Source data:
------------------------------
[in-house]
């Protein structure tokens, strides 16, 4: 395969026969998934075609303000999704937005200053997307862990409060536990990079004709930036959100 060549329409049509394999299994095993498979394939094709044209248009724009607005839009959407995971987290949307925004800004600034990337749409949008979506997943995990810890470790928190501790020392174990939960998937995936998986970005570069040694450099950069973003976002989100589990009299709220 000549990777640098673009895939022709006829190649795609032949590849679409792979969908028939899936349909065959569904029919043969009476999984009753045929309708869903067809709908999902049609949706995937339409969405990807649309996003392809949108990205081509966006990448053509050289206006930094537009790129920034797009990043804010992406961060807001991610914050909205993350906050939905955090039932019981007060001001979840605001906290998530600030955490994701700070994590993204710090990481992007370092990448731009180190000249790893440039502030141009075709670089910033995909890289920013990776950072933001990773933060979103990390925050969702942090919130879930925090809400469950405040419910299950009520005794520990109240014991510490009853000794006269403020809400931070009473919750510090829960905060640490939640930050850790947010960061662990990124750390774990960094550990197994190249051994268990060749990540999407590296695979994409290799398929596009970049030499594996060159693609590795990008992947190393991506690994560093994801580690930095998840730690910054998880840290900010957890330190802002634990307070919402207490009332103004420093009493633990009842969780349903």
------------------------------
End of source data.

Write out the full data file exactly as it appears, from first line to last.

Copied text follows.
[in-house]
């Protein structure tokens, strides 16, 4: 395969026969998934075609303000999704937005200053997307862990409060536990990079004709930036959100 060549329409049509394999299994095993498979394939094709044209248009724009607005839009959407995971987290949307925004800004600034990337749409949008979506997943995990810890470790928190501790020392174990939960998937995936998986970005570069040694450099950069973003976002989100589990009299709220 000549990777640098673009895939022709006829190649795609032949590849679409792979969908028939899936349909065959569904029919043969009476999984009753045929309708869903067809709908999902049609949706995937339409969405990807649309996003392809949108990205081509966006990448053509050289206006930094537009790129920034797009990043804010992406961060807001991610914050909205993350906050939905955090039932019981007060001001979840605001906290998530600030955490994701700070994590993204710090990481992007370092990448731009180190000249790893440039502030141009075709670089910033995909890289920013990776950072933001990773933060979103990390925050969702942090919130879930925090809400469950405040419910299950009520005794520990109240014991510490009853000794006269403020809400931070009473919750510090829960905060640490939640930050850790947010960061662990990124750390774990960094550990197994190249051994268990060749990540999407590296695979994409290799398929596009970049030499594996060159693609590795990008992947190393991506690994560093994801580690930095998840730690910054998880840290900010957890330190802002634990307070919402207490009332103004420093009493633990009842969780349903």